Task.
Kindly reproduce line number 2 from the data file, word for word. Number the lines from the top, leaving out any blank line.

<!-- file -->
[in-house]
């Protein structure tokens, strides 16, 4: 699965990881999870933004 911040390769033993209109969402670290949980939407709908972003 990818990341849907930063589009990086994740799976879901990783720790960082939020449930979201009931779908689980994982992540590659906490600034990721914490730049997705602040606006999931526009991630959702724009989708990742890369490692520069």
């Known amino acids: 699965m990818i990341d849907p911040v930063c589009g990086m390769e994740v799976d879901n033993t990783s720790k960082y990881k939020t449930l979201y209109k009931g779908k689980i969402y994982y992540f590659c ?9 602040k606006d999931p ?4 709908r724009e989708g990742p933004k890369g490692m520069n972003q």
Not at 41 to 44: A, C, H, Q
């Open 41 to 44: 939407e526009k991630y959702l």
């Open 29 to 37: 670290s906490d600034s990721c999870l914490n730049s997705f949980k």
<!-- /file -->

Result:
């Protein structure tokens, strides 16, 4: 699965990881999870933004 911040390769033993209109969402670290949980939407709908972003 990818990341849907930063589009990086994740799976879901990783720790960082939020449930979201009931779908689980994982992540590659906490600034990721914490730049997705602040606006999931526009991630959702724009989708990742890369490692520069």